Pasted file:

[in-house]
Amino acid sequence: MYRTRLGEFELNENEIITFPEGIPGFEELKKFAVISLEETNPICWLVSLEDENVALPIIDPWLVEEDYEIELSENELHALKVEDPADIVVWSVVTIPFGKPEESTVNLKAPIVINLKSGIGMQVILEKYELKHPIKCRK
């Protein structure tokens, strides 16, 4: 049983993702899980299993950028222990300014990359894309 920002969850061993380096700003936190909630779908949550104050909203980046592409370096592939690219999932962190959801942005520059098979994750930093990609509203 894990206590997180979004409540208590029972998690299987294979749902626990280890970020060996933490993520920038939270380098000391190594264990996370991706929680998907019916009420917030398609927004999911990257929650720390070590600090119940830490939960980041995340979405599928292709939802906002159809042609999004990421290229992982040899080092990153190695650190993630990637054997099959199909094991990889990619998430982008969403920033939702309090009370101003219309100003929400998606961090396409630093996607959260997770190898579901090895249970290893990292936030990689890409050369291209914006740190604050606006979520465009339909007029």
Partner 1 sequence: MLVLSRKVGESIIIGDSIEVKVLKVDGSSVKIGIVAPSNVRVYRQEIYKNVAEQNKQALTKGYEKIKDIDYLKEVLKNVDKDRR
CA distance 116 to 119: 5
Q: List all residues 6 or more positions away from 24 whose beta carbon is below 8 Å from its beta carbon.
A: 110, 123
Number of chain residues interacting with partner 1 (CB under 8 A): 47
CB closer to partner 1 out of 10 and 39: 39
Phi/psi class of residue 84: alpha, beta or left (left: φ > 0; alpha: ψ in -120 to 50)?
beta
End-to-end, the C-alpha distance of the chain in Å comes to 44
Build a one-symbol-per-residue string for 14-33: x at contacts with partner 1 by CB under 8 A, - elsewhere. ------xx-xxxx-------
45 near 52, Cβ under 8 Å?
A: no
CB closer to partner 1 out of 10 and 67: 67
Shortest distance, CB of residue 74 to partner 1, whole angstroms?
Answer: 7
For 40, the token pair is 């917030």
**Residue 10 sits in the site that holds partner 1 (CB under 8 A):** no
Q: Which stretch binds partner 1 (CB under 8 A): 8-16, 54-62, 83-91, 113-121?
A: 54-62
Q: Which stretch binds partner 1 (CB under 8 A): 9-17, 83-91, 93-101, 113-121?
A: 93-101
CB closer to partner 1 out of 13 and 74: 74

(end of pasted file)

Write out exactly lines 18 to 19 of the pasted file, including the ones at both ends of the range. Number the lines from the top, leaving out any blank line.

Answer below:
Answer: 7
For 40, the token pair is 């917030």